Dominguez focused after doping clearance
Spain`s world steeplechase champion Marta Dominguez said she could now focus on returning to competition after being cleared of two of three charges in a doping probe.
Madrid: Spain`s world steeplechase champion Marta Dominguez said she could now focus on returning to competition after being cleared of two of three charges in a doping probe.
A Spanish judge this week dismissed a charge against the 35-year-old of administering drugs to a training partner without a prescription.
A separate accusation of supplying a banned substance was dropped in April. She remains under investigation for alleged tax irregularities.
Facing the media for the first time since being cleared of two charges, a tense Dominguez refused to answer some questions and gave evasive answers to others.
She repeated her denial of any wrongdoing and said she would focus now on preparing for the Olympic Games in London next year.
"An extremely grave error was made but I am not going to blame anyone," Dominguez told reporters at the Spanish Olympic Committee`s headquarters in Madrid. "I am not really sure what happened, I never did anything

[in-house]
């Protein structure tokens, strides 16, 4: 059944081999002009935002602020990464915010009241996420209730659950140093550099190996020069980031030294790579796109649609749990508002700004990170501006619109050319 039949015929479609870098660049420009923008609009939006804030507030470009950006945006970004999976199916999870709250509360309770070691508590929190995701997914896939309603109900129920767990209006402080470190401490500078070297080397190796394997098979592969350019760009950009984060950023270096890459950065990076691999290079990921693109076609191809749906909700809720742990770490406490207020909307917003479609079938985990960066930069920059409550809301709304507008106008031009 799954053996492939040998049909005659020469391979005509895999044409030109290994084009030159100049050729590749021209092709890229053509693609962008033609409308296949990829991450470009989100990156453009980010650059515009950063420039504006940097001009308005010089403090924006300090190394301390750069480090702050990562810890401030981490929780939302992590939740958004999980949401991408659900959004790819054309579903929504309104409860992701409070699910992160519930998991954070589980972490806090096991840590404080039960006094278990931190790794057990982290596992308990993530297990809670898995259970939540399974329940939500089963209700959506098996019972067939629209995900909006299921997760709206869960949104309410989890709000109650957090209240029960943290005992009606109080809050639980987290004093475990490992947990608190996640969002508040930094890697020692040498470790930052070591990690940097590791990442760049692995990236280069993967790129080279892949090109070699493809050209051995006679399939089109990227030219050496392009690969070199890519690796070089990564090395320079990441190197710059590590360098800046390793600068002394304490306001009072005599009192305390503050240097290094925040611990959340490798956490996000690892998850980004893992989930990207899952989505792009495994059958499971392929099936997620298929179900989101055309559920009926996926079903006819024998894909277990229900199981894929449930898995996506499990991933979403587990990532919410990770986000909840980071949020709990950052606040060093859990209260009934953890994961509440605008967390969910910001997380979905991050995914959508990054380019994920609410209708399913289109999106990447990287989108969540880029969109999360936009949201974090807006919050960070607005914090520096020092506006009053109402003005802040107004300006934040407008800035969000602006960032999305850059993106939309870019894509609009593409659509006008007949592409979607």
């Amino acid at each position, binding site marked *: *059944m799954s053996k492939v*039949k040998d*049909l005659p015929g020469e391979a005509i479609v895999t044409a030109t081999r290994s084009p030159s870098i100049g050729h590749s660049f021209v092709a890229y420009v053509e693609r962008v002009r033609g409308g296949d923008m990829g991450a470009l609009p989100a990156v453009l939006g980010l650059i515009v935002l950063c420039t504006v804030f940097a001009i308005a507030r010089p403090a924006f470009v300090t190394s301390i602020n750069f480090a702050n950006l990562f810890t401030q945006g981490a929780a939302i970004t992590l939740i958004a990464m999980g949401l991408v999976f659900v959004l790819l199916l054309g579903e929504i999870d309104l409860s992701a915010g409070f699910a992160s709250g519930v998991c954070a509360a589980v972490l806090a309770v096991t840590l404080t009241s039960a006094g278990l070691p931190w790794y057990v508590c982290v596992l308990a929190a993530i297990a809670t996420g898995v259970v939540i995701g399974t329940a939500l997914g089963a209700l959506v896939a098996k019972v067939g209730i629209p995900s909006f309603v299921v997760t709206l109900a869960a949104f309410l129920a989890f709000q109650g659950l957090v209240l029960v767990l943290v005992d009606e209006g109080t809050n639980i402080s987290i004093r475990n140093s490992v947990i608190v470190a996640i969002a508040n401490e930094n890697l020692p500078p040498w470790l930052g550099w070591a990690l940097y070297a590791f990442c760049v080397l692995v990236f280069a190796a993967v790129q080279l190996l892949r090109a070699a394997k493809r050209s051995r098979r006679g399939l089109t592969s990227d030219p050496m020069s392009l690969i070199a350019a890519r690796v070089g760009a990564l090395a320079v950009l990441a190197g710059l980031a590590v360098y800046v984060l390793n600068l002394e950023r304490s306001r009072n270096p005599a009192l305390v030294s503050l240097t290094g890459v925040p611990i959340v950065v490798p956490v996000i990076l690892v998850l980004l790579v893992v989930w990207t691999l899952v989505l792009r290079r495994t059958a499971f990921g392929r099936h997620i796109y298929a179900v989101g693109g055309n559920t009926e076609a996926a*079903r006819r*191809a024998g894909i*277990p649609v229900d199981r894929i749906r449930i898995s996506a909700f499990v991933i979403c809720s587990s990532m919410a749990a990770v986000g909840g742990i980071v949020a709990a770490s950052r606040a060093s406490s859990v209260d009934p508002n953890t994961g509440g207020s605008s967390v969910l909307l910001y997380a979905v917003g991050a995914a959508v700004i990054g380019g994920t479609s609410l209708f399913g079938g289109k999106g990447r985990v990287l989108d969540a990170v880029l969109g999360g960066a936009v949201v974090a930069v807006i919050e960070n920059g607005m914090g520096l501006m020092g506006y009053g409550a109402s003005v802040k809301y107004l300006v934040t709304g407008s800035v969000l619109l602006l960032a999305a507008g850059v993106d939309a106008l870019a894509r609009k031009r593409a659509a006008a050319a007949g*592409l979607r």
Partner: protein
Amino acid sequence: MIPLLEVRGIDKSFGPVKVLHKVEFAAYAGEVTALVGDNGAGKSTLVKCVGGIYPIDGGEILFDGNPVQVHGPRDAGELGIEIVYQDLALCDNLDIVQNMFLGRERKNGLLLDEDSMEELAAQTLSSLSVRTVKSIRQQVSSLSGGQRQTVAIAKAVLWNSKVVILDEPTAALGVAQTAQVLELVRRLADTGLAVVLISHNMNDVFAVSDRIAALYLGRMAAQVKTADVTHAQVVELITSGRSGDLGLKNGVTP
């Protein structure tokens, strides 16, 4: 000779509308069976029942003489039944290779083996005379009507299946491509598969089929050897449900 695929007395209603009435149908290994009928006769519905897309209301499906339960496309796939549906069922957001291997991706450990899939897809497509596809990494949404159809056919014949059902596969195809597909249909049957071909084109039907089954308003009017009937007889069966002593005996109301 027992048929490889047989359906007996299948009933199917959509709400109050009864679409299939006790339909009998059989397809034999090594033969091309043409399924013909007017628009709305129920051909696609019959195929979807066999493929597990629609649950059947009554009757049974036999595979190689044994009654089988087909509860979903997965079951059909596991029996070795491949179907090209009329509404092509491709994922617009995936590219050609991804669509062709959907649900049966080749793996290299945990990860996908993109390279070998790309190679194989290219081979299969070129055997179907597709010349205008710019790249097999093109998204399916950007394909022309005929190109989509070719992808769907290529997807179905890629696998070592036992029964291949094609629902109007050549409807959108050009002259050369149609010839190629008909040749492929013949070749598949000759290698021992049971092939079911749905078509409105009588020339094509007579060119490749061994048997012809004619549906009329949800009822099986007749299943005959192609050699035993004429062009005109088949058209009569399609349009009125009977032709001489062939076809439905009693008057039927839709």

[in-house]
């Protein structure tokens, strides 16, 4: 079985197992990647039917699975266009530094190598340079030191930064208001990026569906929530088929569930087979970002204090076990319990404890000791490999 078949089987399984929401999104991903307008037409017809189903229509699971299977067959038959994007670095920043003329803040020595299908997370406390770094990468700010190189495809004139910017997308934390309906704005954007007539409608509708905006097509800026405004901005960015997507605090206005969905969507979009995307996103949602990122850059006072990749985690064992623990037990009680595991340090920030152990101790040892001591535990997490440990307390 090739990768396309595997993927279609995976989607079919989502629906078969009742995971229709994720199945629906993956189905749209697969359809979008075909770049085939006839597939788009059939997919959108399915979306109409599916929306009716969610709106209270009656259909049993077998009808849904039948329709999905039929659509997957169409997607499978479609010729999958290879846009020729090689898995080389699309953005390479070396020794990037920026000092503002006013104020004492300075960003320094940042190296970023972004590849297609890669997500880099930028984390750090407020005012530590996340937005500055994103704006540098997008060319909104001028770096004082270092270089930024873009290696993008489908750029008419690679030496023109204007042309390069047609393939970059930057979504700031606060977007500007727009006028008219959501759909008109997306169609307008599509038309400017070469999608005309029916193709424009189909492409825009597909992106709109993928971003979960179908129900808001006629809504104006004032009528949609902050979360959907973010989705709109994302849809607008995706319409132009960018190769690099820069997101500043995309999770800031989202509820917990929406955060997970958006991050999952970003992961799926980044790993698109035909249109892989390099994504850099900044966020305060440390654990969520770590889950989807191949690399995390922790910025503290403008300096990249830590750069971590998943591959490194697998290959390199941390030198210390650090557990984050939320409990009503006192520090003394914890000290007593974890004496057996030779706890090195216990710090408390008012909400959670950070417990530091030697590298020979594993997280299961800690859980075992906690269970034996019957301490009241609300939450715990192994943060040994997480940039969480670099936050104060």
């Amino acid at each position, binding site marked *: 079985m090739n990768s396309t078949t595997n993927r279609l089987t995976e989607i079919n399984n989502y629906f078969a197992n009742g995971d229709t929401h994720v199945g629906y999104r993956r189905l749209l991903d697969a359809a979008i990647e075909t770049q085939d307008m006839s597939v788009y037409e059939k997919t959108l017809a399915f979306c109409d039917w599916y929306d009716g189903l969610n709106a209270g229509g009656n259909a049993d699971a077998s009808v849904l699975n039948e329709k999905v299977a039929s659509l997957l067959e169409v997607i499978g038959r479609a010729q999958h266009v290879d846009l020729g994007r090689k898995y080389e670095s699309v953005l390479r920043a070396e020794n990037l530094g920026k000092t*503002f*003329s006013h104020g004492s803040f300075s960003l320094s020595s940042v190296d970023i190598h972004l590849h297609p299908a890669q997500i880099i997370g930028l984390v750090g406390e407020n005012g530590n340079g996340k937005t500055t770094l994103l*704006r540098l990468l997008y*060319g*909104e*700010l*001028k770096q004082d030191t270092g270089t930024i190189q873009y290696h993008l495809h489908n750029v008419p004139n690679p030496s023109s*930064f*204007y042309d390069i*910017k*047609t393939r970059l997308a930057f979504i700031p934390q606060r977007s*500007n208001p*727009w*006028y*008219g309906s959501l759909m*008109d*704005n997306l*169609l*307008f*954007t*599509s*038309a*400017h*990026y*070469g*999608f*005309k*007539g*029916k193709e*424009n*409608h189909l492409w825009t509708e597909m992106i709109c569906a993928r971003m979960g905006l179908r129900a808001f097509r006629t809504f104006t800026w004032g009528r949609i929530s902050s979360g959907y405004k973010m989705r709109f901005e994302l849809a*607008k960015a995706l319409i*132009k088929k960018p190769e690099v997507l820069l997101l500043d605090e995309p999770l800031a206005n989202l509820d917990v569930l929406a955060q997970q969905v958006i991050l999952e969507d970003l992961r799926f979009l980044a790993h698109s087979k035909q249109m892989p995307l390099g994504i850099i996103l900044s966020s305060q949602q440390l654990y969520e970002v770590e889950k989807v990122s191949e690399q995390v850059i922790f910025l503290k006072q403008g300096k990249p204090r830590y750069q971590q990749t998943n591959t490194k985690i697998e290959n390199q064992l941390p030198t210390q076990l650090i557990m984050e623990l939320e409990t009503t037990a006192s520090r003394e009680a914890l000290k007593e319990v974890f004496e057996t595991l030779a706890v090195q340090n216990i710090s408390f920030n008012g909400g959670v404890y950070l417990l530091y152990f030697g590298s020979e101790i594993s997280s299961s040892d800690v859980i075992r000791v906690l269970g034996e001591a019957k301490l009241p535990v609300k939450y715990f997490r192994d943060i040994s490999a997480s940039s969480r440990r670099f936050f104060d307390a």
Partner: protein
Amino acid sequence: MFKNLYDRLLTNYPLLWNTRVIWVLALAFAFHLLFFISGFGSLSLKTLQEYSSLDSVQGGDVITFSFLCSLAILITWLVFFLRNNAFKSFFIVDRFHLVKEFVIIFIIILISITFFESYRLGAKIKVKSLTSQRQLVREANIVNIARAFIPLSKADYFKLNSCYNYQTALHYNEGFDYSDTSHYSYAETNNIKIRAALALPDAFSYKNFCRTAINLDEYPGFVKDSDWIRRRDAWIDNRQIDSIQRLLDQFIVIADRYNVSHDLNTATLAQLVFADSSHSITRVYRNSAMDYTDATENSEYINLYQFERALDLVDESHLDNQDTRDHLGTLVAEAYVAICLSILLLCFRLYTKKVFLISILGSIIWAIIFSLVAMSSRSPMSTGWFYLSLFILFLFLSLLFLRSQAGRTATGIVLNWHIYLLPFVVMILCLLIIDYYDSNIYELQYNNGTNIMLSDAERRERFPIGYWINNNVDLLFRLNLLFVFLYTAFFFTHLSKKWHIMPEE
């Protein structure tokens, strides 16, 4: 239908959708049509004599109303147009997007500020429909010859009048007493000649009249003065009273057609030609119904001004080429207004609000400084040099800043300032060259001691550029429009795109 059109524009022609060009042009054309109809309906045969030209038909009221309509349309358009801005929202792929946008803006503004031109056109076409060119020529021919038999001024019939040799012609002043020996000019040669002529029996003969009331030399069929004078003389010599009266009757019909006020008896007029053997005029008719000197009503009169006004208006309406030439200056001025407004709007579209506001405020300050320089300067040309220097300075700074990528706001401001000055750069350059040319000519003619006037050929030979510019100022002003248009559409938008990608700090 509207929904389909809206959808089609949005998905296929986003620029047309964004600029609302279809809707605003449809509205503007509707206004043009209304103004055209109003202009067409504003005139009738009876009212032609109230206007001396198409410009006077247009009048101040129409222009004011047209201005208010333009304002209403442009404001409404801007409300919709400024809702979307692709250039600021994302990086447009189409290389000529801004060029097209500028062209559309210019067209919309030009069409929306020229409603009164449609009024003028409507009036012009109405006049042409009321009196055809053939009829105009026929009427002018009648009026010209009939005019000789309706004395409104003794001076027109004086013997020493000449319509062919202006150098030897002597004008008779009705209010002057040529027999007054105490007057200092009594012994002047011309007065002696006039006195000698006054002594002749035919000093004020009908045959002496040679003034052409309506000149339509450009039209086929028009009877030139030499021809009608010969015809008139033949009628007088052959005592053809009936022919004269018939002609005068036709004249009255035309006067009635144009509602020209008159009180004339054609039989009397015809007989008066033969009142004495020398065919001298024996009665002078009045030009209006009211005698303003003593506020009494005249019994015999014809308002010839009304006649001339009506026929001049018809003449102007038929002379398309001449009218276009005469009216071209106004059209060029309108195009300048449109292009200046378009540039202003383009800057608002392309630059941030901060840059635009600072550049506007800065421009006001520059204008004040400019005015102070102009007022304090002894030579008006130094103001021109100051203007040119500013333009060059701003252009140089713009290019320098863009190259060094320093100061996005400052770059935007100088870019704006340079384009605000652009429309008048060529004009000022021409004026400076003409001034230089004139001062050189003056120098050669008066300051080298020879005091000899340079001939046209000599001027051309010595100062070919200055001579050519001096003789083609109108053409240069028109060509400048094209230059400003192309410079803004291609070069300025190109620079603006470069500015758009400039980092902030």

One of Spain`s best-known athletes, Dominguez was a vice president of the country`s athletics federation (RFEA) until she was caught up in the doping probe, known as "Operation Greyhound", in December.
She was one of 14 people taken in for questioning by Spain`s Civil Guard suspected of involvement in the trafficking of drugs and crimes against public health.
Sports doctors, pharmacists, coaches and other figures from the athletics world were also detained.
"It has been a very difficult situation," said Dominguez, who competes with a trademark pink headband and matching running shoes and who gave birth to her first child in May.
"Mental strength, perseverence and my family have kept me alive and I am still thinking about getting back into shape after having a son and preparing for the Olympics."
Dominguez denied Spain had a more serious problem with doping than other countries and said authorities were fighting hard to stamp out the use of banned substances.
"What happens here in Spain is that the issue of doping is very sensational and it seems to sell well," she said.
"If people saw how many doping controls Spanish athletes submitted to they would be amazed. People should look at their own countries and leave Spain in peace."
Dominguez may still be sanctioned by Spain`s government sports council, which could put her participation in the Olympics in jeopardy.